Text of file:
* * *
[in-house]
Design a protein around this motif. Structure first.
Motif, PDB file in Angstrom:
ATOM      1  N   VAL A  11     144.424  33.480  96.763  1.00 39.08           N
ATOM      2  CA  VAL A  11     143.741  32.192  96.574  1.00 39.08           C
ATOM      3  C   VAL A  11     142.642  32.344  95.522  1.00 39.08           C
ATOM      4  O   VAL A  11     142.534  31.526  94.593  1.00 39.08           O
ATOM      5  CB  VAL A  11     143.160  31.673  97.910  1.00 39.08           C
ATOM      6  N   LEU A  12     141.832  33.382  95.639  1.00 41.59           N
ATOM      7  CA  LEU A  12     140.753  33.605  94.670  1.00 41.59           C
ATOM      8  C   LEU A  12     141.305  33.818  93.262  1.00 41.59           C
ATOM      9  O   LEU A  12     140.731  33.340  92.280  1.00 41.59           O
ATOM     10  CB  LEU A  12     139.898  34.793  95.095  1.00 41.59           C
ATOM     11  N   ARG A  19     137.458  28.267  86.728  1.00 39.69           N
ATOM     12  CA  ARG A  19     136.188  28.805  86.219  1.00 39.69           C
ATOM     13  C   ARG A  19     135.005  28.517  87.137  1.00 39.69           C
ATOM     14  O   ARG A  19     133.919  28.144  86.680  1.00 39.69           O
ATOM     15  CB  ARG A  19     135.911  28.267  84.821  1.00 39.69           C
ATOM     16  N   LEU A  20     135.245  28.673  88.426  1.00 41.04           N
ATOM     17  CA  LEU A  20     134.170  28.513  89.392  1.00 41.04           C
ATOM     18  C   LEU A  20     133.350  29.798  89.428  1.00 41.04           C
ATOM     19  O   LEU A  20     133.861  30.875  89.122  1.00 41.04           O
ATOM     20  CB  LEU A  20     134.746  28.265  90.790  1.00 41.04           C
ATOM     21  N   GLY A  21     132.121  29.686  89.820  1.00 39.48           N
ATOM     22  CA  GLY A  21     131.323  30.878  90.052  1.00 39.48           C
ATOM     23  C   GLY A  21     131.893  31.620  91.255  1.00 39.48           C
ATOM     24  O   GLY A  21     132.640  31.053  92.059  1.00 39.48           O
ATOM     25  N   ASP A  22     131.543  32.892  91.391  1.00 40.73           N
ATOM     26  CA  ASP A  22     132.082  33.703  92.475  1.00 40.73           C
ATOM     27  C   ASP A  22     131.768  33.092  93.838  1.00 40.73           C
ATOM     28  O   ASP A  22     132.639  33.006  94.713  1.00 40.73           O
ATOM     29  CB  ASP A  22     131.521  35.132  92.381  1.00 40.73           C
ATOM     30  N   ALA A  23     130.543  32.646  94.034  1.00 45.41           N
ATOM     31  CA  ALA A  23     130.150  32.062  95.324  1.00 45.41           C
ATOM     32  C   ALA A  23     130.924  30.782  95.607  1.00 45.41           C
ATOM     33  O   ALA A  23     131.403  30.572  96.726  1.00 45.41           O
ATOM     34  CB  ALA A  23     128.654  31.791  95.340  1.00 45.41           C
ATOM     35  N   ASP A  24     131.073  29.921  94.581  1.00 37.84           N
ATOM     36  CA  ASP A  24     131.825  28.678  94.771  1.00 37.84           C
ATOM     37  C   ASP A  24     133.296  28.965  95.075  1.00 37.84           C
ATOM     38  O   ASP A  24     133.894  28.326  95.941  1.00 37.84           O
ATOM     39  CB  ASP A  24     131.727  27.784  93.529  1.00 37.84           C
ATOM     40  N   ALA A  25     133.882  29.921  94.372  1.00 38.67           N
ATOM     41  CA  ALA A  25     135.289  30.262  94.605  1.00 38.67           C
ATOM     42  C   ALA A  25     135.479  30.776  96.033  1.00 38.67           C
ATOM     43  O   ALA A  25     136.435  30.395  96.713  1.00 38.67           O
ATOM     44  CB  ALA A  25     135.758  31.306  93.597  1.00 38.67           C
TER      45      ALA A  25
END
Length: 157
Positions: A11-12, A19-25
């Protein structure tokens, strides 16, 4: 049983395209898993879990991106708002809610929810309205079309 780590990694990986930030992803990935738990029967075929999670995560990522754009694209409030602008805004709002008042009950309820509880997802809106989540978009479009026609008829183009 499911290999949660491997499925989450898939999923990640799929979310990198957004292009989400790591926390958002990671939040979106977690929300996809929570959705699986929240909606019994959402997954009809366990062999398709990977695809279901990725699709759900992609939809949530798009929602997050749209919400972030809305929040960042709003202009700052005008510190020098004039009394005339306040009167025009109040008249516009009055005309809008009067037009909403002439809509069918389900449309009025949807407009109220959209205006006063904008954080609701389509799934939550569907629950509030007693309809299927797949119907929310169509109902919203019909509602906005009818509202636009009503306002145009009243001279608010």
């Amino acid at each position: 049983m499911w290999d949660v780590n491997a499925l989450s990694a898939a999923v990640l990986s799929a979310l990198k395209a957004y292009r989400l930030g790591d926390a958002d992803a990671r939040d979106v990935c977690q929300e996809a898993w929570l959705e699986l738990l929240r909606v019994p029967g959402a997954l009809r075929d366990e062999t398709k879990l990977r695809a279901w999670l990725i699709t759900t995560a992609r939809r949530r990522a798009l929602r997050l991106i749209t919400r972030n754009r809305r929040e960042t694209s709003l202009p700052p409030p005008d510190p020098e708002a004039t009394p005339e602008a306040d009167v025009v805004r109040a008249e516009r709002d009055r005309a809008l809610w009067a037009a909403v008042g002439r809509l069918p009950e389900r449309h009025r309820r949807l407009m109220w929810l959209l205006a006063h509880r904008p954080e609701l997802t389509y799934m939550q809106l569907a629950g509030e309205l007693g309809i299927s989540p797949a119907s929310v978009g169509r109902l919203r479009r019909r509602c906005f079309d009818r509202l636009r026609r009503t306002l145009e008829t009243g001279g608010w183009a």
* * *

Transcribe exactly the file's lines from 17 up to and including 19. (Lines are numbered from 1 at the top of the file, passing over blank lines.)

ATOM     14  O   ARG A  19     133.919  28.144  86.680  1.00 39.69           O
ATOM     15  CB  ARG A  19     135.911  28.267  84.821  1.00 39.69           C
ATOM     16  N   LEU A  20     135.245  28.673  88.426  1.00 41.04           N